“Magiging tita ninang na kayo!” I was at the office when I received that message from one of my high school best friends in our group chat. I felt a mixture of happiness and excitement because back then, there were only three of us, then we became six because we had our own partners, and now, our small family was slowly growing. I sent a congratulatory message and expressed how happy I was for her and her partner. I wished her and her baby to always be safe. I was really excited that our group would have its first baby. But then, I started feeling a bit sad.
I felt that everything was slowly changing. I’m not the type of person who’s afraid of change, but I didn’t expect things to change this rapidly. I’m aware that we’re getting older. We’re no longer high school students chasing each other in the school corridors or having jamming sessions in the classroom when there was no teacher. We’re no longer the kids hanging out at a classmate’s house to watch a horror movie and snack on mangoes. We’re no longer the kids throwing peace signs in photos with somewhat “jejemon” poses. We’re no longer the students who are contented with KFC’s flavored shots.
I’ll admit it, after we graduated from high school, we all started living our own lives. We went to different schools. Our worlds expanded, and we met new people. They weren’t my only best friends anymore, and I wasn’t their only best friend either. Our interests changed, and we’re into different things now compared to before. We no longer chase each other in the corridors because we’ve learned to walk and take things slowly. Life has slowed down for us, and we’ve learned to savor every moment we have.
There are no more jamming sessions, but we’ve still learned to go with the flow of life. We now know the right tune, the right tempo, and the right theme song for each other’s lives. We may not hang out at a classmate’s house to watch horror movies, but sometimes life itself is scary. Facing the uncertain and unknown future is frightening. We’re still scared of making mistakes and failing, but like before, we’re here for each other, facing our fears together.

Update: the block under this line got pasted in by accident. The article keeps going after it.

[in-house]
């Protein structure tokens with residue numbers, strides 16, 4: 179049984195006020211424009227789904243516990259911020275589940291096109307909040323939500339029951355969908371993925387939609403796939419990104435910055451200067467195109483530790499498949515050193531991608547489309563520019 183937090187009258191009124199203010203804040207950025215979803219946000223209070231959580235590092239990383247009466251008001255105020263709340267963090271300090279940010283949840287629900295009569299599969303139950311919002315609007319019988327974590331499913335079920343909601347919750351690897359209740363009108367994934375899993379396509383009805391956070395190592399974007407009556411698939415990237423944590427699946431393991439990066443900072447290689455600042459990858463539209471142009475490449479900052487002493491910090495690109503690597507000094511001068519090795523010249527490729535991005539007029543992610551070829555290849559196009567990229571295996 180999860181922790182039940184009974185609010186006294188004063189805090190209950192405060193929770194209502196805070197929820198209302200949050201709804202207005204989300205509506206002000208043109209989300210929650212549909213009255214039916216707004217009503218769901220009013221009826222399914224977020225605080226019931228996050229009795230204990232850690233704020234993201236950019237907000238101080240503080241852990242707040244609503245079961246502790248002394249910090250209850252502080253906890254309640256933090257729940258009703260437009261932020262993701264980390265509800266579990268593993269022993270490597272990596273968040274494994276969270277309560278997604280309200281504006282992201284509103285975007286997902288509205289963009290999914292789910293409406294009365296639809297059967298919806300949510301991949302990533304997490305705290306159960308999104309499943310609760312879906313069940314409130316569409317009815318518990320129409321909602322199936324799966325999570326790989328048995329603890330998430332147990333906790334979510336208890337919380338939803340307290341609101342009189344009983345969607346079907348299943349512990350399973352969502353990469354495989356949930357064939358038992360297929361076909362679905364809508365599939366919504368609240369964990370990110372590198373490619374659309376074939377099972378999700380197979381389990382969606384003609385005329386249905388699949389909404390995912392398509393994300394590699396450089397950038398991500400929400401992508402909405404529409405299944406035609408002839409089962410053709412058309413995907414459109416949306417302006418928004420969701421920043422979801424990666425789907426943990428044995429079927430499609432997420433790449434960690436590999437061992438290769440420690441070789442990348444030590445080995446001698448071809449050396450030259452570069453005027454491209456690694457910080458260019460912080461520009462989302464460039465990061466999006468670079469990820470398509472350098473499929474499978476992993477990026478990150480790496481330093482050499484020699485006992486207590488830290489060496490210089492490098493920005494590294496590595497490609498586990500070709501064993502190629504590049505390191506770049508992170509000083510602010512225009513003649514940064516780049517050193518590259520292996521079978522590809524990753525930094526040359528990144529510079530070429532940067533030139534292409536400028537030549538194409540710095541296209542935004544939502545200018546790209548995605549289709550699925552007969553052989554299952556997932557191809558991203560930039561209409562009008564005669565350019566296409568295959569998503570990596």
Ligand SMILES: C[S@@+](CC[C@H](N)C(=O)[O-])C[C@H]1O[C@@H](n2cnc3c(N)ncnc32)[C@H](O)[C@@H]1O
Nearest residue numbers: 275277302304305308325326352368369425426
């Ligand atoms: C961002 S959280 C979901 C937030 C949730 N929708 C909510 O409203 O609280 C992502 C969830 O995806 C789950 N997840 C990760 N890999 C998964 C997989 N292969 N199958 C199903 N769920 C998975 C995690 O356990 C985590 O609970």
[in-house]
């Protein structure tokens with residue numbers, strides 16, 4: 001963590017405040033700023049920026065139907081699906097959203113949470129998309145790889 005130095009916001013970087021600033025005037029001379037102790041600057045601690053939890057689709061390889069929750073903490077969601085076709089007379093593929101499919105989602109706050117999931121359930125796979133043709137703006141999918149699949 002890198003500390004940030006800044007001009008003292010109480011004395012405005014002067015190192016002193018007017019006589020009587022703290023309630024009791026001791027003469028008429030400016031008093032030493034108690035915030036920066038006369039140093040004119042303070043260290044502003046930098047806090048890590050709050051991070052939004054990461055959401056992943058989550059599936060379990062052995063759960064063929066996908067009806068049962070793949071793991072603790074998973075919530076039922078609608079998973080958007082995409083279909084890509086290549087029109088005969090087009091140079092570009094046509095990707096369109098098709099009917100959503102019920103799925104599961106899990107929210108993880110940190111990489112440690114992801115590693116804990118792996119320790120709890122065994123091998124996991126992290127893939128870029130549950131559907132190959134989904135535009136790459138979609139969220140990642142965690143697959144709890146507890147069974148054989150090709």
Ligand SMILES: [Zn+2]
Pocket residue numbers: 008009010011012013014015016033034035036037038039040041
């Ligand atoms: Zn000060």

We’re no longer jejemon, but we have learned how to value our peace more. When you get older, you realize the importance of things that bring you peace. You won’t accept anything that is less than what you deserve. One of our biggest achievements is that we can now afford to go out wherever we want, eat what we like, and buy things we couldn’t afford before, even if it means not eating at KFC as often anymore.
It turns out that change can be scary at first because you’re not used to it. But when you realize that not all changes are bad, you’ll understand that it’s a significant part of life that reminds you that even though you’re still far from your destination, you’ve come a long way.
Indeed, we are not kids anymore. Over a decade has passed, and we’re now at an age where we’re slowly starting to build the dreams we used to write about in essays assigned by our English teacher. This is us living out the answer to that question we were asked back then, “What do you want to be when you grow up?” It turns out we’ll reach a point in our lives when that question isn’t just a question anymore. It becomes real. And now, it’s gradually becoming real for me.
She’s not the only classmate who’s starting a family. Many of us have already gotten married, had children, and built our own families. It just takes a little longer to sink in for me when it’s my best friend saying that she’s starting a family. But no matter how big a change happens in her life, one thing I’m sure of is that until the end, we’ll still be there for her, and she’ll be there for us.
Last week, she sent us a picture of her ultrasound. I was overjoyed, genuinely happy from the bottom of my heart. I’m happy for her and her future family. Sometimes, I even find myself looking at baby items that I could give to my future godchild. Every now and then, I check up on them, asking how the mother and baby are doing and reminding her to take good care and eat healthily for her baby’s sake. I’m delighted because, in a few months, we won’t just be six, but seven. I’m not sad anymore because this is what change feels like—a beautiful and wonderful change.
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Jade Nool, 25, is a corporate slave in the morning and a part-time writer at night. Soon, she’ll be not just a regular ninang, but a cool ninang.